Plaintiff alleges, similarly, that Sheriff Gilley is responsible because he houses inmates "in a dormitory that he knows" is not safe. Id. "Defendant Gilley is aware of the repair issues needed at the said facility, and he has been negligent of providing the funds needed to make the repairs. [sic]." Id. "The water leakage has been going on for over a two year period. [sic]." Id.
Plaintiff continues to suffer from sores, headaches, impaired vision, back pain, neck pain, mental anguish, swelling, pinched nerves, bruised muscles, blackouts, and possible internal bleeding. [doc. #s 1, p. 4; 16, p. 5]. He seeks punitive damages and $300,000.00 in compensation, and he requests "ongoing medical and chiropractic care." Id.
Law and Analysis
1. Preliminary Screening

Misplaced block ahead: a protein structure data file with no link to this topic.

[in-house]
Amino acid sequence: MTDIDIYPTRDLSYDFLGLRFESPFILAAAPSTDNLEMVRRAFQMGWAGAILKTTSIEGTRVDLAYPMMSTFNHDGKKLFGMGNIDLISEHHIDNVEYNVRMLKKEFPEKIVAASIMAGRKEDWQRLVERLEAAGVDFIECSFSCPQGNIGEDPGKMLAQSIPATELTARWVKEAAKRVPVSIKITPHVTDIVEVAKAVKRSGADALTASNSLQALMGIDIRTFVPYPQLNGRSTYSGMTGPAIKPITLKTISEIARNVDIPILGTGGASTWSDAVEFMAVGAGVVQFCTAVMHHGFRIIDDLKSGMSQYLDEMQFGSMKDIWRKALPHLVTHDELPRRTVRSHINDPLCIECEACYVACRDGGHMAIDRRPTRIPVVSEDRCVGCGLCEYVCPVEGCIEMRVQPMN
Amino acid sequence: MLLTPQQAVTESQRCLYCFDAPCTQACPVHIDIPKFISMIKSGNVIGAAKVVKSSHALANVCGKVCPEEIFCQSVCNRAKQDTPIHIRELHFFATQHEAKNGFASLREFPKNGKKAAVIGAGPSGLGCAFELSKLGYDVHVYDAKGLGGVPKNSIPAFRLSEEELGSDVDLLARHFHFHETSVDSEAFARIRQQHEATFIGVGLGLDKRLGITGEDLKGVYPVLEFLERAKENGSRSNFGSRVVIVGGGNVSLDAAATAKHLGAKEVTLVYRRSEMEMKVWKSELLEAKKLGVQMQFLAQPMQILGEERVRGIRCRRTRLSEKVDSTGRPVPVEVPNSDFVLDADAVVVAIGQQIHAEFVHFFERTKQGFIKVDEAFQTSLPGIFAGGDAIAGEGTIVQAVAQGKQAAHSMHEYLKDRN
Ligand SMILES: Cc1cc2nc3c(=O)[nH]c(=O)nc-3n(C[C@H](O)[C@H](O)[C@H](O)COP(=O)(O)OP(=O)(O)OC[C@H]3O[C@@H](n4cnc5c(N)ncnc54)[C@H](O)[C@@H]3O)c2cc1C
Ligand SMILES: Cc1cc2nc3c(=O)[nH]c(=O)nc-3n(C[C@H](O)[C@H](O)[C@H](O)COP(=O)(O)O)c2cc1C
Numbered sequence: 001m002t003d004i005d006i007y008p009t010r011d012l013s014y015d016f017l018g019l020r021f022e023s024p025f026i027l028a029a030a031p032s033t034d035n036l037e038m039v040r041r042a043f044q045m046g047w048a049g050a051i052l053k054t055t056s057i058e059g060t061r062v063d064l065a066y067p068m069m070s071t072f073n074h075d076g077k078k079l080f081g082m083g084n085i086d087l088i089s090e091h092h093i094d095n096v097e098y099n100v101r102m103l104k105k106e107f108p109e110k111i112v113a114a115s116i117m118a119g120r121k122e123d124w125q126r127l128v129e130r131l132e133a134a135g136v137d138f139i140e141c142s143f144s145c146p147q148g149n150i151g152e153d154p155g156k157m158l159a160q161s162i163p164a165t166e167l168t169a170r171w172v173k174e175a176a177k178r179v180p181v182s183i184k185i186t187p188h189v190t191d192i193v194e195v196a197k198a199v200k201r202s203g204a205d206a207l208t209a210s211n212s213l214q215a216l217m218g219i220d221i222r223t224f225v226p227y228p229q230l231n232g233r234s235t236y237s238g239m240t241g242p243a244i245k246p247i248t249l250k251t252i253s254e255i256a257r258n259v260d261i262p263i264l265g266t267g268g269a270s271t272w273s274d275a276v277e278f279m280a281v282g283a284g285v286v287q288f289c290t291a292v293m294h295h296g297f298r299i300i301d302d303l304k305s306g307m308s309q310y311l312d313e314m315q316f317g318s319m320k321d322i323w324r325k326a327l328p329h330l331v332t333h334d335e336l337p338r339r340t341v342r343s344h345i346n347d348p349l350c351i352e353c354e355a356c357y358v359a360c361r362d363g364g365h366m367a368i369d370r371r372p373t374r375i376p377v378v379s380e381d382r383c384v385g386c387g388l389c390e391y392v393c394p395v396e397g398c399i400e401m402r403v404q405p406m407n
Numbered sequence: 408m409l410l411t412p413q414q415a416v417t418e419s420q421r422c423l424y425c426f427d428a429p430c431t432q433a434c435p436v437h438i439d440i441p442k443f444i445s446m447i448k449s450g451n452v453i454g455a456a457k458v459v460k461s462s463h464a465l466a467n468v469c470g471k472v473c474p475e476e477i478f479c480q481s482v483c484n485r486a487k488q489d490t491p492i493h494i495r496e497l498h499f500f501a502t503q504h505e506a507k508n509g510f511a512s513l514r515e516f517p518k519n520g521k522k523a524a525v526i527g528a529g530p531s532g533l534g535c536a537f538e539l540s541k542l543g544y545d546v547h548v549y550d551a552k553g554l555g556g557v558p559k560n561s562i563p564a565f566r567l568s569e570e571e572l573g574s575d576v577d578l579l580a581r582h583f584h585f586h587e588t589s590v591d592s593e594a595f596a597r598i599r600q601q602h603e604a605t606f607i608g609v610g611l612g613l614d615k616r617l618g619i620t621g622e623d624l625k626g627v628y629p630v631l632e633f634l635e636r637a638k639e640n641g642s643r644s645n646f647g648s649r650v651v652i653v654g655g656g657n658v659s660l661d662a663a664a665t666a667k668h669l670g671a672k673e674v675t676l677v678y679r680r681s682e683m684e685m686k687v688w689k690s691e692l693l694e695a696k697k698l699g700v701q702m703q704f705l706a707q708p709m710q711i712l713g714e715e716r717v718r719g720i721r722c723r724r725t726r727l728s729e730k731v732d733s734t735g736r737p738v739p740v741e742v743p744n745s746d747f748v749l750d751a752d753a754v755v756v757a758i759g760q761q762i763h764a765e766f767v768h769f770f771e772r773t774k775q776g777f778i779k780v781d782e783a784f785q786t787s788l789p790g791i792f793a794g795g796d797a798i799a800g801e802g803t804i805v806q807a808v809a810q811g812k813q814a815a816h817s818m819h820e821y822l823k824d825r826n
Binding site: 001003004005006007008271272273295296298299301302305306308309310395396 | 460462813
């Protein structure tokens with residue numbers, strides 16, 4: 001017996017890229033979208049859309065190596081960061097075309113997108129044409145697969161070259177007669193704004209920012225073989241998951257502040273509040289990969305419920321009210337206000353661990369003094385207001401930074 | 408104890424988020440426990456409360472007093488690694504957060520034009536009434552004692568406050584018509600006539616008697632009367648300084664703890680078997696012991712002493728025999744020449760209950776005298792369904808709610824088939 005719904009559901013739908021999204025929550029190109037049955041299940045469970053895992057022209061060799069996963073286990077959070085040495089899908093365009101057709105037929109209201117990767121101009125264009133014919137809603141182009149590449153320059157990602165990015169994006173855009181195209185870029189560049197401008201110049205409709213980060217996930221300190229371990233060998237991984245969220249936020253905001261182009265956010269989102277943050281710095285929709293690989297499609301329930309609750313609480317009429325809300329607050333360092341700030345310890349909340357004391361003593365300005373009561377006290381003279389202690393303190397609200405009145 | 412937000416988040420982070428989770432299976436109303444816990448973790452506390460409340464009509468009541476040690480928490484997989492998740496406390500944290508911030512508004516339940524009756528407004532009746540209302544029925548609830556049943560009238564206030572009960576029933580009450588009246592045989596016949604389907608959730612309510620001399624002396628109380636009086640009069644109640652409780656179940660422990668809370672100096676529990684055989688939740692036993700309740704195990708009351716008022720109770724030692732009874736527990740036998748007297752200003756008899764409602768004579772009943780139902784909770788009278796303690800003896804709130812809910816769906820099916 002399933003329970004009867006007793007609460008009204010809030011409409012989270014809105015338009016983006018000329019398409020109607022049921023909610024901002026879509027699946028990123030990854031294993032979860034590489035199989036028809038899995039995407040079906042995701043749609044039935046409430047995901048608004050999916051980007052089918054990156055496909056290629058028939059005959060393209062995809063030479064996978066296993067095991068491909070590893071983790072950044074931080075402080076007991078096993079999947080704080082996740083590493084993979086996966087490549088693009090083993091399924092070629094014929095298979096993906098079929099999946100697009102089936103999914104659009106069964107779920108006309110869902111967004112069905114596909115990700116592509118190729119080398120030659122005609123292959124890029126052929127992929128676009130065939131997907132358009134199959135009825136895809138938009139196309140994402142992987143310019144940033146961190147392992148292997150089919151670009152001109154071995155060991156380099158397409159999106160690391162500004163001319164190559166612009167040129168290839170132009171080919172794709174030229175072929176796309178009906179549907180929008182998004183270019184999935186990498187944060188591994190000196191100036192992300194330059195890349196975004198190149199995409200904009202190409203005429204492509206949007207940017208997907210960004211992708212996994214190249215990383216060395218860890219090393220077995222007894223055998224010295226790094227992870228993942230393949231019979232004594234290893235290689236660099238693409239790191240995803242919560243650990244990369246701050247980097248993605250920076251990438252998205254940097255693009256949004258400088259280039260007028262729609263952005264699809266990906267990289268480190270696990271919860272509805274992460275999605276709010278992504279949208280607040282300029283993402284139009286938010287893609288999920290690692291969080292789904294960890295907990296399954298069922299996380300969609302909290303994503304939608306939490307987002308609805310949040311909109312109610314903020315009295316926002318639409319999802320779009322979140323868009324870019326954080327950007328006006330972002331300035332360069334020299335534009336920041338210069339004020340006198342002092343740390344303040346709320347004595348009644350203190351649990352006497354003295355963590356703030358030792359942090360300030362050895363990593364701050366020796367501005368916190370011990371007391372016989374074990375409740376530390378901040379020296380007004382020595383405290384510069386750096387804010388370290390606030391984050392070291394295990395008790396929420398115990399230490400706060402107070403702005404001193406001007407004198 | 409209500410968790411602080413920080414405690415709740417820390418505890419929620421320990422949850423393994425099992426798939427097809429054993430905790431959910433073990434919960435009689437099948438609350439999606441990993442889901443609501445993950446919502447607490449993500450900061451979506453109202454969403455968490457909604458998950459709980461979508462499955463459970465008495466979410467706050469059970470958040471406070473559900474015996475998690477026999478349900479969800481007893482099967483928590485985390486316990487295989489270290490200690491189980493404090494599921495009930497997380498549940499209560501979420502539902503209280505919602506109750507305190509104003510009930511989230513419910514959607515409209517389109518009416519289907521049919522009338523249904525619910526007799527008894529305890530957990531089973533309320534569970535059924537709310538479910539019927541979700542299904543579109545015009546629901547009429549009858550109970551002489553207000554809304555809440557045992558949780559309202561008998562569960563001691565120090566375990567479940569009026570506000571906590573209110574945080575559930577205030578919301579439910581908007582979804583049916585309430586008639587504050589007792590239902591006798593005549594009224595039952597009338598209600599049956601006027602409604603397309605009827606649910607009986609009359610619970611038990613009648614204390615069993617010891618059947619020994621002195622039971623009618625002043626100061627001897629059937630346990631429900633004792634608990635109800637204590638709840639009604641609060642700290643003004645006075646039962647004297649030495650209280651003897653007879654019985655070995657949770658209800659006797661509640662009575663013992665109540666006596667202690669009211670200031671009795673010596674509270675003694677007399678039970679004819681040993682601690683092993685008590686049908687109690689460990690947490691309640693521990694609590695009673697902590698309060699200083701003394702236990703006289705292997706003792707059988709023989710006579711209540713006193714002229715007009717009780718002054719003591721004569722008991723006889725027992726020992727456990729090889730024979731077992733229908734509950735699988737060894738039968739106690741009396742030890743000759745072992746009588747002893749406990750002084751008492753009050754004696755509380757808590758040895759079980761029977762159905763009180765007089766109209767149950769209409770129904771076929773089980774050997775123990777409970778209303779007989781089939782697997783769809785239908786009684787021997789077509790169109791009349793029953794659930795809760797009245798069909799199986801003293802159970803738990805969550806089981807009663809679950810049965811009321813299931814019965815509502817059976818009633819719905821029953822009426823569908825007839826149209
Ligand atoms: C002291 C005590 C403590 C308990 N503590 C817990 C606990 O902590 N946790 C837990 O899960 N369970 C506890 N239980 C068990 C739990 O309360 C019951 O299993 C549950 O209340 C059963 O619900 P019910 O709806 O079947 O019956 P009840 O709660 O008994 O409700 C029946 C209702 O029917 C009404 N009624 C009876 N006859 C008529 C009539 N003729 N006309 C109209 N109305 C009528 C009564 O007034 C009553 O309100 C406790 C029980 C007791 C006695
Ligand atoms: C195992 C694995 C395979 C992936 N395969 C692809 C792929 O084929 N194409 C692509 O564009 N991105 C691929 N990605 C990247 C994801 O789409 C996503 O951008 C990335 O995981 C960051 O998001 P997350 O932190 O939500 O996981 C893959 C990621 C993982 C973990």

Plaintiff is a prisoner who has been permitted to proceed in forma pauperis. As a prisoner seeking redress from an officer or employee of a governmental entity, his complaint is subject to preliminary screening pursuant to 28 U.S.C. § 1915A. See Martin v. Scott, 156 F.3d 578, 579-80 (5th Cir. 1998) (per curiam). Because he is proceeding in forma pauperis, his Complaint is also subject to screening under § 1915(e)(2). Both § 1915(e)(2)(B) and § 1915A(b) provide for sua sponte dismissal of the complaint, or any portion thereof, if the Court finds it is frivolous or malicious, if it fails to state a claim on which relief may be granted, or if it seeks monetary relief against a defendant who is immune from such relief.
Under 28 U.S.C. § 1915(h), "'prisoner' means any person incarcerated or detained in any facility who is accused of, convicted of, sentenced for, or adjudicated delinquent for, violations of criminal law or the terms and conditions of parole, probation, pretrial release, or diversionary program."